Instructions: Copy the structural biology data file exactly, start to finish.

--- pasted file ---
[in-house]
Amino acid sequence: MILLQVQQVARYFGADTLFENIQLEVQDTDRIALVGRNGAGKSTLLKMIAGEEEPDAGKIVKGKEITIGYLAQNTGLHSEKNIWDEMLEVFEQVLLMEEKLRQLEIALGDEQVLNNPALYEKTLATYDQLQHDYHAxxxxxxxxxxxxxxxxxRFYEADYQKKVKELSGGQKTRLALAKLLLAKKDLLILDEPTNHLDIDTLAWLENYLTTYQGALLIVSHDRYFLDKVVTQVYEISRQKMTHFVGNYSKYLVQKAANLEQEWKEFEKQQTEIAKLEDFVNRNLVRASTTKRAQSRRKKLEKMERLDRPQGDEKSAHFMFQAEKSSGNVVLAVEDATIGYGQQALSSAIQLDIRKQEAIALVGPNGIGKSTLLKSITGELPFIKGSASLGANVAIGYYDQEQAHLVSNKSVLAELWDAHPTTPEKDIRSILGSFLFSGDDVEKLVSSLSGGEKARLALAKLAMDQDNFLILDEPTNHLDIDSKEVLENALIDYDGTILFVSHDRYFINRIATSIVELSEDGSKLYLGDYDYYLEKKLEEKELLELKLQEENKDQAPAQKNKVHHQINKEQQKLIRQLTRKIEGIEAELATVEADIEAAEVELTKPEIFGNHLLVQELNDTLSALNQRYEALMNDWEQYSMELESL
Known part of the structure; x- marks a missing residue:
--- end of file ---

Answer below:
[in-house]
Amino acid sequence: MILLQVQQVARYFGADTLFENIQLEVQDTDRIALVGRNGAGKSTLLKMIAGEEEPDAGKIVKGKEITIGYLAQNTGLHSEKNIWDEMLEVFEQVLLMEEKLRQLEIALGDEQVLNNPALYEKTLATYDQLQHDYHAxxxxxxxxxxxxxxxxxRFYEADYQKKVKELSGGQKTRLALAKLLLAKKDLLILDEPTNHLDIDTLAWLENYLTTYQGALLIVSHDRYFLDKVVTQVYEISRQKMTHFVGNYSKYLVQKAANLEQEWKEFEKQQTEIAKLEDFVNRNLVRASTTKRAQSRRKKLEKMERLDRPQGDEKSAHFMFQAEKSSGNVVLAVEDATIGYGQQALSSAIQLDIRKQEAIALVGPNGIGKSTLLKSITGELPFIKGSASLGANVAIGYYDQEQAHLVSNKSVLAELWDAHPTTPEKDIRSILGSFLFSGDDVEKLVSSLSGGEKARLALAKLAMDQDNFLILDEPTNHLDIDSKEVLENALIDYDGTILFVSHDRYFINRIATSIVELSEDGSKLYLGDYDYYLEKKLEEKELLELKLQEENKDQAPAQKNKVHHQINKEQQKLIRQLTRKIEGIEAELATVEADIEAAEVELTKPEIFGNHLLVQELNDTLSALNQRYEALMNDWEQYSMELESL
Known part of the structure; x- marks a missing residue: